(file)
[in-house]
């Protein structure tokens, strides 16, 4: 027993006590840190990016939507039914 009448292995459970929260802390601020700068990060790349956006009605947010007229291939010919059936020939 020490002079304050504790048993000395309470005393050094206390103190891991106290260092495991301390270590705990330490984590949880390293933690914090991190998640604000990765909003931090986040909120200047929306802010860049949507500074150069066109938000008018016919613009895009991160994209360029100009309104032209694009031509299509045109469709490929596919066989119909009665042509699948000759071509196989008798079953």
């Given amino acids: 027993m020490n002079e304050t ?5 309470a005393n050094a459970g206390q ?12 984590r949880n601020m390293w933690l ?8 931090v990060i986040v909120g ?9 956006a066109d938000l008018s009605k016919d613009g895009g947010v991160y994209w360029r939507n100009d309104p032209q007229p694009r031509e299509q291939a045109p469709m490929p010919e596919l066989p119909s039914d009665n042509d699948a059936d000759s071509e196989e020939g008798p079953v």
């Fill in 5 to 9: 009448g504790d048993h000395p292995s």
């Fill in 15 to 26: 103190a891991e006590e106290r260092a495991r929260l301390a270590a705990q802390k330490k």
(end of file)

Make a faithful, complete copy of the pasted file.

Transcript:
[in-house]
């Protein structure tokens, strides 16, 4: 027993006590840190990016939507039914 009448292995459970929260802390601020700068990060790349956006009605947010007229291939010919059936020939 020490002079304050504790048993000395309470005393050094206390103190891991106290260092495991301390270590705990330490984590949880390293933690914090991190998640604000990765909003931090986040909120200047929306802010860049949507500074150069066109938000008018016919613009895009991160994209360029100009309104032209694009031509299509045109469709490929596919066989119909009665042509699948000759071509196989008798079953």
């Given amino acids: 027993m020490n002079e304050t ?5 309470a005393n050094a459970g206390q ?12 984590r949880n601020m390293w933690l ?8 931090v990060i986040v909120g ?9 956006a066109d938000l008018s009605k016919d613009g895009g947010v991160y994209w360029r939507n100009d309104p032209q007229p694009r031509e299509q291939a045109p469709m490929p010919e596919l066989p119909s039914d009665n042509d699948a059936d000759s071509e196989e020939g008798p079953v």
């Fill in 5 to 9: 009448g504790d048993h000395p292995s």
């Fill in 15 to 26: 103190a891991e006590e106290r260092a495991r929260l301390a270590a705990q802390k330490k």